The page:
on November 9,2011 | 07:27AM
jankenpo wrote:
Yes, after APEC, they will all pat themselves on the back and congratulate themselves. The visitors will say how beautiful and wonderful this place is. All this is good. But the Pali Highway and parts of Kalanianaole will still be pothole heaven, just to name two. I know other areas have the same issues. We will probably hear that the monies are gone. It would be nice to upkeep all that has been done. Will the State and City and County now fix the areas that have been neglected? Somehow I think not. One of the worst roads in the Nation....a distinction we will hold for how long?
on November 9,2011 | 09:13AM
LemonySnickets wrote:
"How long does a APEC injection last? You can expect the effect of your BOTOX® treatment to last anywhere from four to six months. As acetylcholine production returns to normal, your muscles will once again begin to contract and the wrinkles will reappear. That's the bad news. The good news is that your wrinkles may be less prominent after BOTOX® treatment because your muscles may be somewhat "trained" to be in the more relaxed state. As the wrinkles reappear, you will have to have repeat APEC treatments to get them to disappear again."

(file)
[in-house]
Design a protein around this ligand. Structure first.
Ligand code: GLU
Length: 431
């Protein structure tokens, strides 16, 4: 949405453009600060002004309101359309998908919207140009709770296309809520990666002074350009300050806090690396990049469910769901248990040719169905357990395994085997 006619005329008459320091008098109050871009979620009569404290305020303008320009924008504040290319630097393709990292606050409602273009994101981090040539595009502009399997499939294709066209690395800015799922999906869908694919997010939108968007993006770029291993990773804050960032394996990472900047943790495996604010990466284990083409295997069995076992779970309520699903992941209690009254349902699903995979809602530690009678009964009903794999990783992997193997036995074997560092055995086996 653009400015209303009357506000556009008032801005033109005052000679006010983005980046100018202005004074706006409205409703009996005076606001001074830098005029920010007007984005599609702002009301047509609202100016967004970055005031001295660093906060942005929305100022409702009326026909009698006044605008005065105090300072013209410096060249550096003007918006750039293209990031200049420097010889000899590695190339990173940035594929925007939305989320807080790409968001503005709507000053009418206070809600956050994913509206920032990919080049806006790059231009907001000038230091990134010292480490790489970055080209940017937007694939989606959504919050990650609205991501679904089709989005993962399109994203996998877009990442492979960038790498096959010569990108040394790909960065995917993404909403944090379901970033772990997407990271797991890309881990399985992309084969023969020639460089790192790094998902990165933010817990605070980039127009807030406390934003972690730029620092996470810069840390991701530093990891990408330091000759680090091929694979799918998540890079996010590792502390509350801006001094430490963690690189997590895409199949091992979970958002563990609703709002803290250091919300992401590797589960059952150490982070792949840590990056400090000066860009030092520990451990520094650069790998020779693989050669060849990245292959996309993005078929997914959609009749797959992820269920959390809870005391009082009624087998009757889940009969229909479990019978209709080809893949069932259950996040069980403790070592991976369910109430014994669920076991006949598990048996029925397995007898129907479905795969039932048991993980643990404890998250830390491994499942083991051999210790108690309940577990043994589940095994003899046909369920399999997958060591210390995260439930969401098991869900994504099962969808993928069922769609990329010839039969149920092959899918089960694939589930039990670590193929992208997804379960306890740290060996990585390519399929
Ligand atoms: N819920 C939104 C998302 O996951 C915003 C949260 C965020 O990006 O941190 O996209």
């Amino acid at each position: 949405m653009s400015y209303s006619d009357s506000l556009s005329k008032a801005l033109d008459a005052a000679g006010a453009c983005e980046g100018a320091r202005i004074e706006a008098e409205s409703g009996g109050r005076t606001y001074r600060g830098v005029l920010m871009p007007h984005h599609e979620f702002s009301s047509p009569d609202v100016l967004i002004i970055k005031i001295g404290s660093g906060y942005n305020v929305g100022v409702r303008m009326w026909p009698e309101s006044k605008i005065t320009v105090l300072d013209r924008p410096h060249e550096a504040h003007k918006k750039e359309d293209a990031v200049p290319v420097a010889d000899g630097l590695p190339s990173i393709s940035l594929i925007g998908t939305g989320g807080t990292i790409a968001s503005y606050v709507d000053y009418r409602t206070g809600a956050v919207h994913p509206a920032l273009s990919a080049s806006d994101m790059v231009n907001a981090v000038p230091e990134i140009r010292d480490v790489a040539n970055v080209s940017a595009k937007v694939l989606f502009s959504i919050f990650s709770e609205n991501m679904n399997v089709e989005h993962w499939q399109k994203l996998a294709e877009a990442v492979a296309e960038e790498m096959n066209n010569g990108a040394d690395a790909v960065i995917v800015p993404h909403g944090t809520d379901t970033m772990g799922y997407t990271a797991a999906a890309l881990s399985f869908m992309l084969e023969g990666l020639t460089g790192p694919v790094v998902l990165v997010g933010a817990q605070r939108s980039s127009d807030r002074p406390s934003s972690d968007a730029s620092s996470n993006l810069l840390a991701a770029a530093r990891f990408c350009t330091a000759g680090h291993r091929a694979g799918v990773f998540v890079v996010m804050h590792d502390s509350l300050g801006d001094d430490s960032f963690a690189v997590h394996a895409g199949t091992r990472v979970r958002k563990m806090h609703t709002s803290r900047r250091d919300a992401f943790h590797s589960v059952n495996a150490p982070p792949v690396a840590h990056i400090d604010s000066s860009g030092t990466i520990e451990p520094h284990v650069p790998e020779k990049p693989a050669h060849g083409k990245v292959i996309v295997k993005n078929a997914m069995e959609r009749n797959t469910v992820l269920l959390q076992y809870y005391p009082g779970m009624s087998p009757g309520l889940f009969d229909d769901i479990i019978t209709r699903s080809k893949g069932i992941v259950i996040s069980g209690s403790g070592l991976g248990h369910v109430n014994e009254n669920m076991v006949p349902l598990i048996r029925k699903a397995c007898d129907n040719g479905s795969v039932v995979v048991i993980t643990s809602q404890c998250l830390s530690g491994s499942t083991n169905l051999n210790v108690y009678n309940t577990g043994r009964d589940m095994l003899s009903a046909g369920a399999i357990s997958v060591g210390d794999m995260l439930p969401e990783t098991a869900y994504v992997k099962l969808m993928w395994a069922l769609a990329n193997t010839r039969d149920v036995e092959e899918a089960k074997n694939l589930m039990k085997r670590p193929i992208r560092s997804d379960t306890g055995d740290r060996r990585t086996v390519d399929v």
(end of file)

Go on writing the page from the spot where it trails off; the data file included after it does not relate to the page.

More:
on November 9,2011 | 11:33AM
meathead wrote:
Once again David you are so on point. The way that the airport, roads, parks have been cleaned and maintained should be part of the regular maintenance. But we know the city can't maintain it in this fashion because all of our city taxes are going to the rail and all the "million dollar salaries" that go along with it.
on November 9,2011 | 01:47PM
CAHAOLE wrote:
on November 9,2011 | 04:51PM
localguy wrote:
We are our own worst enemy. Always failing to learn the lessons of history. Always failing to see how others have done it, thinking we have to be different. Just another example why the world sees Hawaii as the little forth world of Hawaii Nei.